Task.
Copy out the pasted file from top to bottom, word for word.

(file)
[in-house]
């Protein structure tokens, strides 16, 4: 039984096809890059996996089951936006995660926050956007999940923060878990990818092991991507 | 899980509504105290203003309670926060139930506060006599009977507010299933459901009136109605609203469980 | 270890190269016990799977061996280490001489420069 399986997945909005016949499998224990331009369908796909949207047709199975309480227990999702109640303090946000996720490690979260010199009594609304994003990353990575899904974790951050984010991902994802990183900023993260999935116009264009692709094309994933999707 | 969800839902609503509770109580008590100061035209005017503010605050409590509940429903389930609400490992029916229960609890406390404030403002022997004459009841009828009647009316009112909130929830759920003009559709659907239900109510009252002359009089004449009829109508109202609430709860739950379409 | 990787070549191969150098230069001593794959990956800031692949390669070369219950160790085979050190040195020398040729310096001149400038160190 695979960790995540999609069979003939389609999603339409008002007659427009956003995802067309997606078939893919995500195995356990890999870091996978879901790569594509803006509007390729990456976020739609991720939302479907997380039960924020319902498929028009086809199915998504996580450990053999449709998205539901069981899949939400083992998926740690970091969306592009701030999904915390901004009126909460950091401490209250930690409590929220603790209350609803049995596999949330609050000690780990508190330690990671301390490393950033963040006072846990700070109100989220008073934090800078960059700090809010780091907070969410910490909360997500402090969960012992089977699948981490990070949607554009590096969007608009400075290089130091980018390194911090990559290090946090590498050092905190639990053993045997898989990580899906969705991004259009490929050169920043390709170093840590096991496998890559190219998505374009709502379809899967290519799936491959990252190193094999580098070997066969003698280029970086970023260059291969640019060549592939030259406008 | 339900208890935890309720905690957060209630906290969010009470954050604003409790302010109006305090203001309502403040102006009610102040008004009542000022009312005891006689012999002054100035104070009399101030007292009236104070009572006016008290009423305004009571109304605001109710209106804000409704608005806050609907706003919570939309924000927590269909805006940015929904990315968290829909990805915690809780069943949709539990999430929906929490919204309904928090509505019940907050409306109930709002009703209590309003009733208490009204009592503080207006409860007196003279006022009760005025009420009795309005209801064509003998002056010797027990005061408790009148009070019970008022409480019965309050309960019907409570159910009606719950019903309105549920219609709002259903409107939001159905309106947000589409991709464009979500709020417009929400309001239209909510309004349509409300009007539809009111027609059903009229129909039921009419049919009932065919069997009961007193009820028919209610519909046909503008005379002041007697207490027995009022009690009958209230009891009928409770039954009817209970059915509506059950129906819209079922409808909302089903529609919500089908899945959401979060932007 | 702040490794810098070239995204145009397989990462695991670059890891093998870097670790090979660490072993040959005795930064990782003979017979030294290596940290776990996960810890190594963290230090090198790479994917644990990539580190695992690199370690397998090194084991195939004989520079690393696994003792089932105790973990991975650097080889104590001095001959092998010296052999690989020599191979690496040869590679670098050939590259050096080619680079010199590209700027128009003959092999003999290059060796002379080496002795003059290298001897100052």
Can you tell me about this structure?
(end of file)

[in-house]
């Protein structure tokens, strides 16, 4: 039984096809890059996996089951936006995660926050956007999940923060878990990818092991991507 | 899980509504105290203003309670926060139930506060006599009977507010299933459901009136109605609203469980 | 270890190269016990799977061996280490001489420069 399986997945909005016949499998224990331009369908796909949207047709199975309480227990999702109640303090946000996720490690979260010199009594609304994003990353990575899904974790951050984010991902994802990183900023993260999935116009264009692709094309994933999707 | 969800839902609503509770109580008590100061035209005017503010605050409590509940429903389930609400490992029916229960609890406390404030403002022997004459009841009828009647009316009112909130929830759920003009559709659907239900109510009252002359009089004449009829109508109202609430709860739950379409 | 990787070549191969150098230069001593794959990956800031692949390669070369219950160790085979050190040195020398040729310096001149400038160190 695979960790995540999609069979003939389609999603339409008002007659427009956003995802067309997606078939893919995500195995356990890999870091996978879901790569594509803006509007390729990456976020739609991720939302479907997380039960924020319902498929028009086809199915998504996580450990053999449709998205539901069981899949939400083992998926740690970091969306592009701030999904915390901004009126909460950091401490209250930690409590929220603790209350609803049995596999949330609050000690780990508190330690990671301390490393950033963040006072846990700070109100989220008073934090800078960059700090809010780091907070969410910490909360997500402090969960012992089977699948981490990070949607554009590096969007608009400075290089130091980018390194911090990559290090946090590498050092905190639990053993045997898989990580899906969705991004259009490929050169920043390709170093840590096991496998890559190219998505374009709502379809899967290519799936491959990252190193094999580098070997066969003698280029970086970023260059291969640019060549592939030259406008 | 339900208890935890309720905690957060209630906290969010009470954050604003409790302010109006305090203001309502403040102006009610102040008004009542000022009312005891006689012999002054100035104070009399101030007292009236104070009572006016008290009423305004009571109304605001109710209106804000409704608005806050609907706003919570939309924000927590269909805006940015929904990315968290829909990805915690809780069943949709539990999430929906929490919204309904928090509505019940907050409306109930709002009703209590309003009733208490009204009592503080207006409860007196003279006022009760005025009420009795309005209801064509003998002056010797027990005061408790009148009070019970008022409480019965309050309960019907409570159910009606719950019903309105549920219609709002259903409107939001159905309106947000589409991709464009979500709020417009929400309001239209909510309004349509409300009007539809009111027609059903009229129909039921009419049919009932065919069997009961007193009820028919209610519909046909503008005379002041007697207490027995009022009690009958209230009891009928409770039954009817209970059915509506059950129906819209079922409808909302089903529609919500089908899945959401979060932007 | 702040490794810098070239995204145009397989990462695991670059890891093998870097670790090979660490072993040959005795930064990782003979017979030294290596940290776990996960810890190594963290230090090198790479994917644990990539580190695992690199370690397998090194084991195939004989520079690393696994003792089932105790973990991975650097080889104590001095001959092998010296052999690989020599191979690496040869590679670098050939590259050096080619680079010199590209700027128009003959092999003999290059060796002379080496002795003059290298001897100052």
Can you tell me about this structure?